Starting The Day Off Right

I remembered the incredulity as I dropped the kids off at school this morning. The sad scorn I felt for those parents that would send their poor children off to a long day of school without a proper breakfast. They were heavy on my mind, those poor nutrition-less children and the worries that surround them. How could they make it through a day of learning and activity without a good healthy start to the day?

I was thinking about those deprived children because I had just watched in the review mirror as my own kids ate old stale Cheetos from a bag Clara found in the back. I had just thought how odd it was that they’d even want to eat something like that much less in the morning right after – Oh shit!

I forgot to feed my kids breakfast.

I dropped them off, wished them well, figured it was a good thing we never clean the truck and that Clara gets a snack within an hour of getting to school. Made a mental note to be nicer in my head to people because you never know what the circumstances might be and headed to the gas station.

I got out to pump gas and looked down at my slippers.

Moral of the story: Don’t judge, you never know what motherhood may do to you.

Other moral of the story: Some people just don’t do mornings.

Advertisements

11 comments on “Starting The Day Off Right

  1. Julie says:

    Have a good day.

  2. Sharon says:

    I guess the time of day is not too important when judging other people! Who are we to Judge not knowing the circumstances. That is just one of the many important things we have to teach our children. I’m going to quickly mention one of the most important things to teach children (in my estimation and what I told my kids). You don’t need to like everybody and you don’t need to be friends with everybody, but you had better be friendly to everybody. My sermon for the day!! Thanks Jessie for letting me take over your blog for a minute!!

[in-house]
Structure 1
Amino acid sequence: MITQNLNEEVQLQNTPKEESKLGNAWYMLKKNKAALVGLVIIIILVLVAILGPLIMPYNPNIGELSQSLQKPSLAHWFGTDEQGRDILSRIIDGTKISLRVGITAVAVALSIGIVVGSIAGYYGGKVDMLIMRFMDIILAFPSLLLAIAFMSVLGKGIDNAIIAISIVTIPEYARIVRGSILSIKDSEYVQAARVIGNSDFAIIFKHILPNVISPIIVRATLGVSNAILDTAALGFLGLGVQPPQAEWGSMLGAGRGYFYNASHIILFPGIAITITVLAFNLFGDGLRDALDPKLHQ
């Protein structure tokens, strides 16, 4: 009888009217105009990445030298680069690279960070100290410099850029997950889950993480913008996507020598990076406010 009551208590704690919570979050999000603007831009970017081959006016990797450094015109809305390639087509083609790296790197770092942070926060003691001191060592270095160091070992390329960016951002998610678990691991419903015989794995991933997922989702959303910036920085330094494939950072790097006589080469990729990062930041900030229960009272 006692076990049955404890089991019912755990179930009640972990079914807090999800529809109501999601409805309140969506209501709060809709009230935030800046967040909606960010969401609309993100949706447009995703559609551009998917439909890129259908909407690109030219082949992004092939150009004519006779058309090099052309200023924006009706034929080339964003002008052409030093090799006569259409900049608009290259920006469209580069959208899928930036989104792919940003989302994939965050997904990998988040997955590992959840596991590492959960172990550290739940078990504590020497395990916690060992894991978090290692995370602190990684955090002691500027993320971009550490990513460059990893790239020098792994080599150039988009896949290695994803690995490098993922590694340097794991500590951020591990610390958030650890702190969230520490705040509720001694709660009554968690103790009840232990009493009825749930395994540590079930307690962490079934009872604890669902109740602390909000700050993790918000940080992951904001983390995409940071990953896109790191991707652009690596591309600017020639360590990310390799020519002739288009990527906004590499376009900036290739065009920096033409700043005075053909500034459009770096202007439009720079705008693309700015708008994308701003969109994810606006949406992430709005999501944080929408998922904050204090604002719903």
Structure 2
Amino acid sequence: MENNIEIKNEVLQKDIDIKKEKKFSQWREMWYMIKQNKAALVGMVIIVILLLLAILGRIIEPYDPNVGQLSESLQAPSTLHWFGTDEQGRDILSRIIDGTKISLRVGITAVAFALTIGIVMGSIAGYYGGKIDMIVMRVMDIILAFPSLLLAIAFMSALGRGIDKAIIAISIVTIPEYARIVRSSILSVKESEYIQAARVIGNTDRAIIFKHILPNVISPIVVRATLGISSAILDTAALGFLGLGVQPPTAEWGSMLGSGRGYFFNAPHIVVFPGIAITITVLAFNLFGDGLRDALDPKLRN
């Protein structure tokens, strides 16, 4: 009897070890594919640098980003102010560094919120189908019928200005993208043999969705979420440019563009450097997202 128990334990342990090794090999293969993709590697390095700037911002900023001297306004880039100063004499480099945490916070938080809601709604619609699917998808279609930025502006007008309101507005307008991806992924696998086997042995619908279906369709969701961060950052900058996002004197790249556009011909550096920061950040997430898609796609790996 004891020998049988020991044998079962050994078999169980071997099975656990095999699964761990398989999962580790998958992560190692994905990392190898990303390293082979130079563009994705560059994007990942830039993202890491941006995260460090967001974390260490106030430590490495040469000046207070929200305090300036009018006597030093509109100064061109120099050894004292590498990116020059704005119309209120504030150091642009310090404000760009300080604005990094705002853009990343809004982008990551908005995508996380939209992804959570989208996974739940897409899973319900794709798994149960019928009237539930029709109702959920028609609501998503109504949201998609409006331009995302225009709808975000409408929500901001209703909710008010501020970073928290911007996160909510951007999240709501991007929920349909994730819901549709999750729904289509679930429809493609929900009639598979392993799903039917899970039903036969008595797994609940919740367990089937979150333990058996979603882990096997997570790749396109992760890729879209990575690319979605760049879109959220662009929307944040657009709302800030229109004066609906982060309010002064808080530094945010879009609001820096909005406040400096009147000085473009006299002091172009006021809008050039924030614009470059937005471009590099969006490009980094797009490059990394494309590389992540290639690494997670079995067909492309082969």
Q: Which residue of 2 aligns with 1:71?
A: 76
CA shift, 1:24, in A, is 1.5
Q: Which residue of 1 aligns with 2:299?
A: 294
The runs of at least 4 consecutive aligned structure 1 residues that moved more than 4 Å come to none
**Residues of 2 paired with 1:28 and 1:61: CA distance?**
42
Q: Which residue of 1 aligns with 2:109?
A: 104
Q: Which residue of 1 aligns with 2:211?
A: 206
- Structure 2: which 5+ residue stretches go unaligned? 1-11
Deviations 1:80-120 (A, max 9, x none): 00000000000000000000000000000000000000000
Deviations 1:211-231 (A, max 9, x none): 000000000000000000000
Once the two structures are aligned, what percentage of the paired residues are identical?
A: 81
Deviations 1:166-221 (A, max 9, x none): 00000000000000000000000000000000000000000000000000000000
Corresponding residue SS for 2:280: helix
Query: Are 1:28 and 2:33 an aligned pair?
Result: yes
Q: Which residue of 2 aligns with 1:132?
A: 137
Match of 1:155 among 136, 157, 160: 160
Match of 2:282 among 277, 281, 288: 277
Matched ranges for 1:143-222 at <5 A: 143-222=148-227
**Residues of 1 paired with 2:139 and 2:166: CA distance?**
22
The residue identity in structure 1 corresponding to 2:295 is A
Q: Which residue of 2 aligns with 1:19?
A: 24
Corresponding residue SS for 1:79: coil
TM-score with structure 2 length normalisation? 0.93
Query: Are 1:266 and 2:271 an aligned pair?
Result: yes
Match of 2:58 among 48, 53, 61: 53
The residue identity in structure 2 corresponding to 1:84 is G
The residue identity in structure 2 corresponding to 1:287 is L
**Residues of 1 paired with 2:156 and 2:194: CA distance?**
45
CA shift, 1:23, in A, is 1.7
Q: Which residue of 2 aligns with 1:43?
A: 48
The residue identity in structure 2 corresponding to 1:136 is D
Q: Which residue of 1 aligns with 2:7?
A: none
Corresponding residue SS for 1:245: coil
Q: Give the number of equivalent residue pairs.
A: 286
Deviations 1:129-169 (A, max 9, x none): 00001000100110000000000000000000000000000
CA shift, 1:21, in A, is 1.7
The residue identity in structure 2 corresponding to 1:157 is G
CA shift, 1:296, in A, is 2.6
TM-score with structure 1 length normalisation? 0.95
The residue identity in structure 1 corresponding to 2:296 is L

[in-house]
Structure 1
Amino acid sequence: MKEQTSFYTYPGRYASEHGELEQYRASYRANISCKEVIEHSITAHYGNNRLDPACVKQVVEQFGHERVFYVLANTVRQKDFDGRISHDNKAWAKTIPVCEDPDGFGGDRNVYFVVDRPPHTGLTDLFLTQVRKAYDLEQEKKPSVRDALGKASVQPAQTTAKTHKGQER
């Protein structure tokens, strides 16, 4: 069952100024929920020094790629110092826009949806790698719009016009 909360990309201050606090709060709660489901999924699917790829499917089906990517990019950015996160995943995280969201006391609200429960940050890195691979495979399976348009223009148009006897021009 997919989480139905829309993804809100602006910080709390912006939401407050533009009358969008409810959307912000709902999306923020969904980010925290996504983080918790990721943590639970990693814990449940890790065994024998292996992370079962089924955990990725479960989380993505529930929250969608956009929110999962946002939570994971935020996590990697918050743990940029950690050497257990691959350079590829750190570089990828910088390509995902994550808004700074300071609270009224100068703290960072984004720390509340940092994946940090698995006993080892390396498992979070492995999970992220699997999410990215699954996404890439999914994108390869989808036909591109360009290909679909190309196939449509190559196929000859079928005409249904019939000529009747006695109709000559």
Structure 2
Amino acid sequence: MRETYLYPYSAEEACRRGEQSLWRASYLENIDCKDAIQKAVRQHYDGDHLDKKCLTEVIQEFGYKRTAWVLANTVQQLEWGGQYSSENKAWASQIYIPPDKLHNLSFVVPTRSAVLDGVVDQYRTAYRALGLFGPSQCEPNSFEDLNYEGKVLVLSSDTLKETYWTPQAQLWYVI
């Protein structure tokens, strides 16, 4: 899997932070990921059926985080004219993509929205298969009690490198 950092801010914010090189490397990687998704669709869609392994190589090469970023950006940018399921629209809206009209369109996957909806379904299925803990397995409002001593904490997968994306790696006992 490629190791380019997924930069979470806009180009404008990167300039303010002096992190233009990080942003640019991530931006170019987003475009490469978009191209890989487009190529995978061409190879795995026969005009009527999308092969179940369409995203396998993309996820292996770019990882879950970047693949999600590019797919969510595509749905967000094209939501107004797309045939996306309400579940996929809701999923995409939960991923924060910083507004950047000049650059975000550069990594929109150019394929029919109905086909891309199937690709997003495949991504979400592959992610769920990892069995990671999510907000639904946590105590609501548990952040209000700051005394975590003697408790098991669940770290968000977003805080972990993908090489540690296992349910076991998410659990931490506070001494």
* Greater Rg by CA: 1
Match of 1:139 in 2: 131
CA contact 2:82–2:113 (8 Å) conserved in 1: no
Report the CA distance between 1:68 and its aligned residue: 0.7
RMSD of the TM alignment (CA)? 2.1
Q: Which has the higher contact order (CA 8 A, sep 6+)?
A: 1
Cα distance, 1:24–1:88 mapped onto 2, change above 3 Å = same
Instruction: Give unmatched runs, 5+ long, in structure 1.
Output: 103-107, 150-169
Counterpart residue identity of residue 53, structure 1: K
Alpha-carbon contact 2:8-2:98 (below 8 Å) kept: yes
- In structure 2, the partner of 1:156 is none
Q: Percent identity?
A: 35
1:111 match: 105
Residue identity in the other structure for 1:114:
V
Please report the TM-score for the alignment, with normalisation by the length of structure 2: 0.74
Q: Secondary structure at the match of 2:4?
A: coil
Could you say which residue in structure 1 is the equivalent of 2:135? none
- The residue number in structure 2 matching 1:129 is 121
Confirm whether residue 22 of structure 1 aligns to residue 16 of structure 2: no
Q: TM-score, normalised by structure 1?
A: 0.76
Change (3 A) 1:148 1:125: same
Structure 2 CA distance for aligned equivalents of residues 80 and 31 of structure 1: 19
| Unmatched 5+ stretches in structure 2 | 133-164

3. barbtaub says:

    When my first child was born, I was so smug about all the research I’d done, about my knowledge of the right way to do everything. Nobody was allowed near her unless they’d had every vaccination and a note from their doctor attesting to their health. If I could have had them boiled first, believe me I’d have tried.

    By the time Child#2 arrived, I was picking up her pacifier from the ground, licking it off, and sticking it back into her mouth. It would never have occurred to any of us that I would choose their clothes, and my occasional remarks about the way Child#2 seemed to attempt to incorporate every possible color/pattern combo into each day’s outfit were met with fist bumps and high-fives. By Child#4, they were all self-defense cooks who could probably have survived armageddon by making filling meals from the graham crackers and goldfish crackers solidified onto the backseat of any of our cars.

    Looking back at the photos in our family albums, I’m amazed that they all look so healthy and happy—if a bit strangely dressed.

    • Jessie says:

      And they all grew up to be highly functioning adults that still are willing to communicate with you so I feel that gives my kids and I hope! 🙂

      I love hearing your stories from when your kids were younger, it all sounds so… familiar! 🙂

  4. Firewaves21 says:

    I am one of those people who just don’t do mornings. LOL I feel for you…I do.

  5. […] you start sounding exactly like your own mother. Sometimes you find yourself doing things you swore you’d never do (I mean other than sound exactly like your mother). And sometimes you find that you are the only […]

Leave a Reply

Fill in your details below or click an icon to log in:

WordPress.com Logo

You are commenting using your WordPress.com account. Log Out / Change )

Twitter picture

You are commenting using your Twitter account. Log Out / Change )

Facebook photo

You are commenting using your Facebook account. Log Out / Change )

Google+ photo

You are commenting using your Google+ account. Log Out / Change )

Connecting to %s